Correspondence discovered from Ray Bradbury to Josh Kirby
Researching the archives of Josh Kirby has uncovered personal letters between these two powerhouses of science fiction. The Kirby Estate, in conjunction with BARD Games, is sharing them to celebrate the impact of Josh Kirby on the art of science fiction and fantasy.
Ronald “Josh” Kirby (27 November 1928 – 23 October 2001) was an award winning sci-fi artist with well over 400 sci-fi and fantasy magazines, book covers and movie posters created over his 50 years of art. He is most famous for 26 covers painted for the Discworld series authored by Sir Terry Pratchett.
Kirby created illustrations for Bradbury's most iconic book covers, including Fahrenheit 451, The Silver Locusts and The Illustrated Man. Kirby’s story-driven paintings, achieved through his well-known ability to visualize an author's story, inspired the famed author to solicit the painting for The Illustrated Man.
Ray Douglas Bradbury (August 22, 1920 – June 5, 2012) was an American author and screenwriter. He worked in a variety of genres, including fantasy, science fiction, horror, and mystery fiction. Predominantly known for writing the iconic dystopian novel Fahrenheit 451 (1953), and his science-fiction and horror-story collections, The Martian Chronicles (1950), The Illustrated Man (1951), and I Sing the Body Electric (1969), Bradbury was one of the most celebrated 20th-century American writers. Recipient of numerous awards, including a 2007 Pulitzer Citation, The New York Times called Bradbury "the writer most responsible for bringing modern science fiction into the literary mainstream".
Amy Anderson, executor of the Kirby archives and Josh's niece discovered three letter's from Bradbury to Josh Kirby, "Discovering the letters between my uncle and Ray was like uncovering a time portal looking in on a profound moment in art history. Two artistic giants, sharing the struggles and adventures of this still relatively new art form was both humbling and inspiring. I had to read them at-least three times before believing my own eyes!"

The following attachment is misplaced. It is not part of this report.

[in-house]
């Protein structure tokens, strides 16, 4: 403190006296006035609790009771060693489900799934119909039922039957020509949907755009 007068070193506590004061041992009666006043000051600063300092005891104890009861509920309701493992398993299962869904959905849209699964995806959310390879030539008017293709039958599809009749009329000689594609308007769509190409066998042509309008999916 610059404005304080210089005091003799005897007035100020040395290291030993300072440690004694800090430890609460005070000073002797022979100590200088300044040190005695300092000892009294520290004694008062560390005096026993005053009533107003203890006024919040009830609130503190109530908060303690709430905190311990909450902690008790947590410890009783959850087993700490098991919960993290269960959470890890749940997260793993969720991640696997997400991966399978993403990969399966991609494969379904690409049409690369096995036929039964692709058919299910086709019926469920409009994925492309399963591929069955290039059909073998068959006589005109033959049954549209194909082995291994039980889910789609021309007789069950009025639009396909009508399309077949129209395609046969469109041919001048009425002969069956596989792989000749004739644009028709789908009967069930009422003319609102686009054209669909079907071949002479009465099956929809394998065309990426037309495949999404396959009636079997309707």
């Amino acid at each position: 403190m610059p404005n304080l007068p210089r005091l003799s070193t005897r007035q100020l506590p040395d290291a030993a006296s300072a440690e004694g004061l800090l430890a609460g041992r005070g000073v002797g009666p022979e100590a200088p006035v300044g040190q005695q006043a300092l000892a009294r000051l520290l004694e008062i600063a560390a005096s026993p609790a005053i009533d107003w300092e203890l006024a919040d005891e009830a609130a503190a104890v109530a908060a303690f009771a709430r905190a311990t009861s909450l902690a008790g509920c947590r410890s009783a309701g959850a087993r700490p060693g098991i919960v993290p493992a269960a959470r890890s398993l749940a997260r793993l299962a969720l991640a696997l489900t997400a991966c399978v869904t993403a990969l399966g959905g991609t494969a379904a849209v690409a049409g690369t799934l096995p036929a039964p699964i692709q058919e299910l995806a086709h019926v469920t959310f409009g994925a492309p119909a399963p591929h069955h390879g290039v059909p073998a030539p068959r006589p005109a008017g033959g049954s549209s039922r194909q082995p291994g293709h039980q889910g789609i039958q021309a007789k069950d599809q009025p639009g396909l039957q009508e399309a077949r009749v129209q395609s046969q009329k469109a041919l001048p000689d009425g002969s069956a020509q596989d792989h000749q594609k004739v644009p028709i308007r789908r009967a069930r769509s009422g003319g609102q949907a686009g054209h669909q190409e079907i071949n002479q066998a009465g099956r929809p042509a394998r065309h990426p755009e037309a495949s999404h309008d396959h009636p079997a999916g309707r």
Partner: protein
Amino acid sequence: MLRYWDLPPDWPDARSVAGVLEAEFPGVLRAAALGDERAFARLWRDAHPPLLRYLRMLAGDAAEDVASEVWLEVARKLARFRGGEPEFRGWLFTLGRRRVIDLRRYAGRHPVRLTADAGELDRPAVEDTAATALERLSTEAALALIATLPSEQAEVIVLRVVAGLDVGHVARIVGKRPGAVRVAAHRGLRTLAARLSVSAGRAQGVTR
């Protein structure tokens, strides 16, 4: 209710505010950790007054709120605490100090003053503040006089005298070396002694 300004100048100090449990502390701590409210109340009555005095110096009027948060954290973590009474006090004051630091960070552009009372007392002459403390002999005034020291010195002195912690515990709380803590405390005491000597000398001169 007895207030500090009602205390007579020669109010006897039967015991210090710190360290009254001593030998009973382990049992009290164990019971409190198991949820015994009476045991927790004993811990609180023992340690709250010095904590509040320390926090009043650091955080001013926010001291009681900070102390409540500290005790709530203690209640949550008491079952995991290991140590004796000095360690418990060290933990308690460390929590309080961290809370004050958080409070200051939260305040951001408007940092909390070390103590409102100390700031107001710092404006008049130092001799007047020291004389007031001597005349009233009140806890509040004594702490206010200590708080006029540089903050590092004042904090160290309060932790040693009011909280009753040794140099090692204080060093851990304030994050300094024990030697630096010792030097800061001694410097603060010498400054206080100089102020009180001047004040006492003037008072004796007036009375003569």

Science Fiction As Art
This request sparked a correspondence between the two creatives. The most poignant letter was in response to Kirby's attempts to feature Bradbury at a ground breaking art show in traditional, UK galleries. Unable to attend, Bradbury makes the case for science fiction as art.
The Space Age
With the flair of an author, Bradbury bares witness to the transition of science-fiction into art at the height of the Cold War, the Space Race and the Moon landing that occurs 4 years later. His letter demands that science in fiction must be a serious topic for art and literature. “Very little of the Space Age has filtered over into the galleries, and this is shameful.”
He further goes on to beautifully state the case for science as the central theme for contemporary art and fiction.
“These are the central ideas of our Time, and to not cross-pollinate the sciences, which are giving us new insights into religion, philosophy, seeing, hearing, tasting, touching, knowing on every level, is to miss the cosmic boat completely.”
Reflecting his own literary themes of ignorance, Bradbury’s letter bristles with an condemnation of the creative industries in which they toiled. His humorous depiction of contemporary resistance to science in art as "Lilliputian" is a delightful double accusation of both small mindedness and an out dated civilization unable to evolve in to the Space Age that both artists celebrated in their works.
After some delay, it is clear Bradbury proudly hung Kirby’s painting in his office.